A proposal from more than 10 years ago to build an art gallery with artist lofts in downtown Riverhead is still alive, according to architect Martin Sendlewski, who represents a pair of renown sculptors proposing the project.
Sculptor Giancarlo Biagi and his business partner Jill Burkee are planning to build a three-story building on the empty lot in between Barth’s Drug Store and Haiku in downtown Riverhead.
They actually first proposed that project in 2001.
The Town Board actually approved the site plan for the project, called the Viva L’Arte Center, in December of 2005, but the applicant never built it.
“They never abandoned the project — it’s just been on the back burner for that long,” Mr. Sendlewski told the Town Board at its work session on Thursday, indicating the applicants been busy with projects in New York and Italy.
“It will never die,” he said. “It’s a dream. They will realize it some day.”
The town’s Community Development Agency director Chris Kempner is helping the applicants to apply for a state “cultural tourism center” grant to offset construction costs.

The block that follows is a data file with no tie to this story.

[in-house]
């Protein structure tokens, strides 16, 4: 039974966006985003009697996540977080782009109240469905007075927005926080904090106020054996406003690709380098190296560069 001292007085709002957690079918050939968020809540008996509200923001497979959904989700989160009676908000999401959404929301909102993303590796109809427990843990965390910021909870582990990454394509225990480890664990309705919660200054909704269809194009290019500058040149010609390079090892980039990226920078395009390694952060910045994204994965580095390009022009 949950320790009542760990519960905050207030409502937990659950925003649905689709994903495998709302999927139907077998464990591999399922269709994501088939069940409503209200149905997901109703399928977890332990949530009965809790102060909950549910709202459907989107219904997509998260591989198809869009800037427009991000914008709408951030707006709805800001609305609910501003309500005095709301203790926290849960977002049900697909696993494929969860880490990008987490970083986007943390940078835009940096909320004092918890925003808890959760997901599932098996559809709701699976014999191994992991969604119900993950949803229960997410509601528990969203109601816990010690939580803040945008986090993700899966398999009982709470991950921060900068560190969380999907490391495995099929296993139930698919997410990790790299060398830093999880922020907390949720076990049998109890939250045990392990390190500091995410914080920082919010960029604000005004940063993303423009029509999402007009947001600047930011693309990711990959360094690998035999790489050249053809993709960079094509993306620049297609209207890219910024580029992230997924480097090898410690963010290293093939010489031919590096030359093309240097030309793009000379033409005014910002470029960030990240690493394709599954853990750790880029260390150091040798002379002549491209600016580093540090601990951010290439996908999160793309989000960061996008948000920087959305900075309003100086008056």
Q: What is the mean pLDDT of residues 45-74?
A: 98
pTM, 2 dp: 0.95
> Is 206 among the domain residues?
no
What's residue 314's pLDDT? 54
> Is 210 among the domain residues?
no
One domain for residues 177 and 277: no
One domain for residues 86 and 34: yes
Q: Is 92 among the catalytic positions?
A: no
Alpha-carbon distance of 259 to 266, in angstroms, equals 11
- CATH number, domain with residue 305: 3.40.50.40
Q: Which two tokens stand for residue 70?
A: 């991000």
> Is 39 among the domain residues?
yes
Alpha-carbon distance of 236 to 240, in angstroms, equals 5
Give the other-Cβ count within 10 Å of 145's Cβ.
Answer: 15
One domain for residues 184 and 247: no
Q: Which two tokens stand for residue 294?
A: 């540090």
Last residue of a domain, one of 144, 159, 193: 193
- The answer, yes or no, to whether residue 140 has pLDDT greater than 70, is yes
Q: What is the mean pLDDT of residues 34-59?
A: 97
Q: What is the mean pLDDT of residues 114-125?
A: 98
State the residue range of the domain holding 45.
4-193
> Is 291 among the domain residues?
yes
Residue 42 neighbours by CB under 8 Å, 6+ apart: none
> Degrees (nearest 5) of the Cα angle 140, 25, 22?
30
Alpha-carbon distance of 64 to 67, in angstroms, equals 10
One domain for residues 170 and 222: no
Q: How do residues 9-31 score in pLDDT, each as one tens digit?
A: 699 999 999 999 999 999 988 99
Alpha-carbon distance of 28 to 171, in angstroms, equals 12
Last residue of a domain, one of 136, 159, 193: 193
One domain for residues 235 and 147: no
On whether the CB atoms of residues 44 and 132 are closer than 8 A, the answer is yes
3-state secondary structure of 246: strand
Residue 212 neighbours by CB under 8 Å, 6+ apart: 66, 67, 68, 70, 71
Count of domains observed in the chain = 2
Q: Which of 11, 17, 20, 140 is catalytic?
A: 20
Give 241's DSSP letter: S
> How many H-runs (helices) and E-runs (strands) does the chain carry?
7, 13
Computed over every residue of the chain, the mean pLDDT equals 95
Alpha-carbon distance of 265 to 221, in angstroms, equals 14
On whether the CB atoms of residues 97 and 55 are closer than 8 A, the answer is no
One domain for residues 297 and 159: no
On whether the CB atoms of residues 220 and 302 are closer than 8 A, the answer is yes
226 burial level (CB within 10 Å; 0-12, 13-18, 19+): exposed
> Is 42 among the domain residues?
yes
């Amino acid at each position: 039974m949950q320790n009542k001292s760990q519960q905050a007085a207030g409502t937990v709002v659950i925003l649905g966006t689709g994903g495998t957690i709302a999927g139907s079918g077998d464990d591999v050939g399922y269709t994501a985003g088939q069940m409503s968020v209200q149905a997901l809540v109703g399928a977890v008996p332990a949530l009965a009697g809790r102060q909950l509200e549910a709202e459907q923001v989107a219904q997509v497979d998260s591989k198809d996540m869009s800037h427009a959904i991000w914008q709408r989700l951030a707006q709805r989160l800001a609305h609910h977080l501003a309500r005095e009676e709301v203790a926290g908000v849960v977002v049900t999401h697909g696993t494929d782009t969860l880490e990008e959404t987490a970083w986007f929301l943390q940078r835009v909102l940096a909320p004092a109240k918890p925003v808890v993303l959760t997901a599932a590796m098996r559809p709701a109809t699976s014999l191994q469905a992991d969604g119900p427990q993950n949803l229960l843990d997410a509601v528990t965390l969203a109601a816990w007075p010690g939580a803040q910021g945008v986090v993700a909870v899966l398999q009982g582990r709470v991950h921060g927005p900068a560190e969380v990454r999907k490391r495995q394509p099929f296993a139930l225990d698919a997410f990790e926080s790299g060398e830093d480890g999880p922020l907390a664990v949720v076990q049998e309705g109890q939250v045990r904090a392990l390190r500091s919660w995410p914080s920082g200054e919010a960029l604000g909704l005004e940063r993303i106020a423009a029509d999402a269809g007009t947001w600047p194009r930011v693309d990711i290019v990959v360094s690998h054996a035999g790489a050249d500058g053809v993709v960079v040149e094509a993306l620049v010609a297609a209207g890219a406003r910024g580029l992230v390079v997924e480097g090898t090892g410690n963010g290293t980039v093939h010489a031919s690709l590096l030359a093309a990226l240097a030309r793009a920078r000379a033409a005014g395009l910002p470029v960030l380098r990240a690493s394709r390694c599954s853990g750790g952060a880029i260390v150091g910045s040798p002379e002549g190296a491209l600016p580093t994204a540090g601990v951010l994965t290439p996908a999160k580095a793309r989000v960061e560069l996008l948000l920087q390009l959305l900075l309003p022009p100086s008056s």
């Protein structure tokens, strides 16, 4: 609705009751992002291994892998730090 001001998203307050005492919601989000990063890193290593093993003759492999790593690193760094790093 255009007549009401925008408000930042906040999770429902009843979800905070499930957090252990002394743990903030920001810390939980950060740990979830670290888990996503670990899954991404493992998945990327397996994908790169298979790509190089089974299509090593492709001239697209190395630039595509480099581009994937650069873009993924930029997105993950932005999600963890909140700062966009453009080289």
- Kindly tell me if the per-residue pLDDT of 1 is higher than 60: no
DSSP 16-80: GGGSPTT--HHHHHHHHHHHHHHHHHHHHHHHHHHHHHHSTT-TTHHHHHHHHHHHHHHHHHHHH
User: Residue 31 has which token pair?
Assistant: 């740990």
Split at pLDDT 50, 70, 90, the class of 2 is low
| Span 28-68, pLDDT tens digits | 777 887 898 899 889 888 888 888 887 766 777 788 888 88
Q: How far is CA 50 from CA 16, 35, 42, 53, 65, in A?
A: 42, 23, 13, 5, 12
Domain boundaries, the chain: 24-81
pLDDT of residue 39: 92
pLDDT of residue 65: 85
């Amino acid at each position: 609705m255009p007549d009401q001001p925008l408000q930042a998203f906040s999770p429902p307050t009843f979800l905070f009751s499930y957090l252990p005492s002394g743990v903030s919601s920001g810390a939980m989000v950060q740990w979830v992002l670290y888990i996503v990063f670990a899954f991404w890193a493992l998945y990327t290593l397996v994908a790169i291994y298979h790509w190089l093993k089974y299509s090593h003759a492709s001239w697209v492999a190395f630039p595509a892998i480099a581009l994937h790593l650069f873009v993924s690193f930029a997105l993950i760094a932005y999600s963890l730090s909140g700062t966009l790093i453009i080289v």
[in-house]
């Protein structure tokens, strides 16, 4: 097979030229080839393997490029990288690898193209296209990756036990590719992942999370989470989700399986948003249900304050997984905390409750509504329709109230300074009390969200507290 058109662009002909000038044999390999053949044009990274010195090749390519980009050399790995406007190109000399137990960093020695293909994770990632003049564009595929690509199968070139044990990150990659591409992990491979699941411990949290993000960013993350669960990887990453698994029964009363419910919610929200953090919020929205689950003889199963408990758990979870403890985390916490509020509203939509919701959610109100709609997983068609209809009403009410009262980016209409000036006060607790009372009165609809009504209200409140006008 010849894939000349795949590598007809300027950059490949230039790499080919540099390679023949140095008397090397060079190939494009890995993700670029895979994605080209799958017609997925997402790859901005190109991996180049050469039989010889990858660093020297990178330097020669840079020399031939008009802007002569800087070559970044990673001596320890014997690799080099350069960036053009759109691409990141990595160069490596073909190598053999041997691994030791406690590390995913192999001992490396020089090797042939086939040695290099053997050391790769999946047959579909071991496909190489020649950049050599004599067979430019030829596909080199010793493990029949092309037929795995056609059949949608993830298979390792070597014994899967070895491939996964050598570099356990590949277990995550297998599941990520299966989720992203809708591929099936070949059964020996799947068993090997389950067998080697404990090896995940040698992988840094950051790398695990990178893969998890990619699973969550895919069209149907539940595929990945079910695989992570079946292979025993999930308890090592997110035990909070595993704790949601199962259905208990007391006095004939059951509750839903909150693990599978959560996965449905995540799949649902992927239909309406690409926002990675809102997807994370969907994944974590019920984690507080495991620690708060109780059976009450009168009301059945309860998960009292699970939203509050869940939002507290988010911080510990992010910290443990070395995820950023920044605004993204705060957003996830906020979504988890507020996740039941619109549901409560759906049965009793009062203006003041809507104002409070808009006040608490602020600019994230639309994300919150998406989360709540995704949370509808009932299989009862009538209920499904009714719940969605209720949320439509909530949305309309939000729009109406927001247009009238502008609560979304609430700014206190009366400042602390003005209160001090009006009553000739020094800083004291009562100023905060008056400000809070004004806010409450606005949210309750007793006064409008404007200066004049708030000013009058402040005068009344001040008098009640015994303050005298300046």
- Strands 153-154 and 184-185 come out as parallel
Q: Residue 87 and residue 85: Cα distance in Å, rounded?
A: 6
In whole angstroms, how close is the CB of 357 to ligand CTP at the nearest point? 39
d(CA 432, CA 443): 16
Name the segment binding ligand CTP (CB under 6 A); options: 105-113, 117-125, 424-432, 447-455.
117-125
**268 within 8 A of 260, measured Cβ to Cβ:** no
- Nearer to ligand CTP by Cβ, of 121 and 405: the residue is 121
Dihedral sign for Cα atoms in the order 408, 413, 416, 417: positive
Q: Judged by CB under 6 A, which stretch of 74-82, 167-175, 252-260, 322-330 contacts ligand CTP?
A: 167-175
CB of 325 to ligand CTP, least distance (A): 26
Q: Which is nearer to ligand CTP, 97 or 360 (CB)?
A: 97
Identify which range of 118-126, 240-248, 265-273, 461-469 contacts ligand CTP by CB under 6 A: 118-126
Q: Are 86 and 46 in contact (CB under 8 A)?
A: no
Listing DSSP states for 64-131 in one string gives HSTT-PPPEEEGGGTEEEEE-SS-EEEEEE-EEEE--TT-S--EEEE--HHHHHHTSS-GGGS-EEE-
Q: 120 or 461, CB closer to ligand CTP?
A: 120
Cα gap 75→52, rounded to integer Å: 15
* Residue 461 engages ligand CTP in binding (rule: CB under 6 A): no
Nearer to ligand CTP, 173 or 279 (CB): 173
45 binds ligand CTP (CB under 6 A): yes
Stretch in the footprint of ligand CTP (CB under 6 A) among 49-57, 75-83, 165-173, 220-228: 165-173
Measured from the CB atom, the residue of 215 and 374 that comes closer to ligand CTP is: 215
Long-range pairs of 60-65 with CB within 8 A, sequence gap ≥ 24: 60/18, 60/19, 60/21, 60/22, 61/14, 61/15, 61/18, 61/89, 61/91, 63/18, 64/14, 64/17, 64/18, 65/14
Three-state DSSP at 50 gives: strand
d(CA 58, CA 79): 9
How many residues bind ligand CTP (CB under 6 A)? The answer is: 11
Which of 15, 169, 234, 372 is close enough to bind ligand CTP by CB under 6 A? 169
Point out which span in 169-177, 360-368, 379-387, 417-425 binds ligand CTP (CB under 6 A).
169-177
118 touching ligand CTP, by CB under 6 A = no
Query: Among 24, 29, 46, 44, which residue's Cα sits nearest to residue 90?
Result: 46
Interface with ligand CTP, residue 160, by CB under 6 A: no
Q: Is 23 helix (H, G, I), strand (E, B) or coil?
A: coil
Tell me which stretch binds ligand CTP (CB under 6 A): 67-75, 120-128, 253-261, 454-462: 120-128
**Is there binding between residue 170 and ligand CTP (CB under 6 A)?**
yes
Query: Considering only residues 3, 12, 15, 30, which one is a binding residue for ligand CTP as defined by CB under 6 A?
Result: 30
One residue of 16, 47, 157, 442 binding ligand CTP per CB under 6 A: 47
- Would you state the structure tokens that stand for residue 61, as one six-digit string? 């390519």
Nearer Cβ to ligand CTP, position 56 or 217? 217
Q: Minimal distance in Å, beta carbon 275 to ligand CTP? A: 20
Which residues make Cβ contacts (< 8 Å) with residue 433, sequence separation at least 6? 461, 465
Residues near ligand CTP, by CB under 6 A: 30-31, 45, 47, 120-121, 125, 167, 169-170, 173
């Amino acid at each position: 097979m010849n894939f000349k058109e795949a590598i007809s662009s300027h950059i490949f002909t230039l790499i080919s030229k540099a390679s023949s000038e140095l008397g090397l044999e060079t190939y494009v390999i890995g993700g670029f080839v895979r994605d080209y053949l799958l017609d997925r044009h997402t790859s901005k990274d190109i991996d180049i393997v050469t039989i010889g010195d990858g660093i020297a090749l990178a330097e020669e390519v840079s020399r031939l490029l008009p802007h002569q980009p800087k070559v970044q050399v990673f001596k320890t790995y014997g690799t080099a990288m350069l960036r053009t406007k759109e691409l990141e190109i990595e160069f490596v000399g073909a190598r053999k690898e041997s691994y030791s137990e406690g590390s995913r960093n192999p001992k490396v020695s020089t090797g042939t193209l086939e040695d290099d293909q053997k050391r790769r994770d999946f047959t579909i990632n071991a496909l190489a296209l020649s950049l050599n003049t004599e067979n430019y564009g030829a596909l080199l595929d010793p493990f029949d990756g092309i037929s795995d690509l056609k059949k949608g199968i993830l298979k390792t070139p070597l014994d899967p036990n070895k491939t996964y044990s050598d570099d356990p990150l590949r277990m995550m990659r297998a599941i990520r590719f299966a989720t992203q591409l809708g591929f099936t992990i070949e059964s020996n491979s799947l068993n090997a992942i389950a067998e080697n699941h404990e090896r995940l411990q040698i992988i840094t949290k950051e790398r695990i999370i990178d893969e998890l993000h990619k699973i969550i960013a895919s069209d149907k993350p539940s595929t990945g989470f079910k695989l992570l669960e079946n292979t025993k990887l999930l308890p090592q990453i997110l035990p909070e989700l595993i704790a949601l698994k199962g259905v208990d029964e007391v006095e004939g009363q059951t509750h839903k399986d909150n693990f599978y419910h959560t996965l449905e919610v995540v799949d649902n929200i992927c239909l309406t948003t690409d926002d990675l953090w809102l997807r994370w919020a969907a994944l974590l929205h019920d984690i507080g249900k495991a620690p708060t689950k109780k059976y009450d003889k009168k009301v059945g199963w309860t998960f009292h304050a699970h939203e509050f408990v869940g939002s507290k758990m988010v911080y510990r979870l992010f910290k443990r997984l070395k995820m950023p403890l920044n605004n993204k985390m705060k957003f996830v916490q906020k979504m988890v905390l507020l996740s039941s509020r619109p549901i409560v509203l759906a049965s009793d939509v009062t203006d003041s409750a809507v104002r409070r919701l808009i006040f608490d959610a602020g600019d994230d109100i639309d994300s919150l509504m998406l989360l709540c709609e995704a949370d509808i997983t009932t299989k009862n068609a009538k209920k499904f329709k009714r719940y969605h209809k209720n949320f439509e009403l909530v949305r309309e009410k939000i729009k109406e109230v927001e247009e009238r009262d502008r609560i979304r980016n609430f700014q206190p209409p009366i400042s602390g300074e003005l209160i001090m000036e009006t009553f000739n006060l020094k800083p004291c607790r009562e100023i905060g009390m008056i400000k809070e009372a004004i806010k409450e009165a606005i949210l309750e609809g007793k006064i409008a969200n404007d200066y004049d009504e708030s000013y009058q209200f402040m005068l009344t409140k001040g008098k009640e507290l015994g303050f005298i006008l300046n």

It was not clear how much the grant is for.
“The owners are all world renowned sculptors,” Ms. Kempner said. “They are the editors and publishers of Sculpture Review magazine.”
The proposed building would officially be considered three stories. They propose to have a art gallery on the ground floor and artist lofts on the upper floors, Mr. Sendlewski said.
“They would like to bring artists from around the world to live there and have residency here,” Mr. Kempner said.
Mr. Biagi and his wife Germana — who is the managing editor of Sculpture Review and is also one of the applicants involved in the project — already live in Northville, where they have a home studio.
They also have studios in Italy and Manhattan, Mr. Sendlewski said.
Mr. Biagi and Ms. Burkee have done work for the National Shrine of the Immaculate Conception in Washington, D.C., the Human Services Center in Denver, and the U.S. Naval Memorial in Washington, among other places.
“Riverhead I found to be the next big community that could sustain an artist center,” Mr. Biagi said in a 2005 News-Review interview. “It’s still a working-class town and it is growing fast.”
“I sounds like then they have the wherewithal to bring artists downtown,” Supervisor Sean Walter said, when told the applicants publish Sculpture Review magazine, which is the official magazine of the National Sculpture Society in Manhattan.
“I think it’s a great project,” the supervisor said.
“We will be coming back at some point in the near future and restarting the site plan approval process,” Mr. Sendlewski said. “We were very far through it. It’s just a matter of re-review.”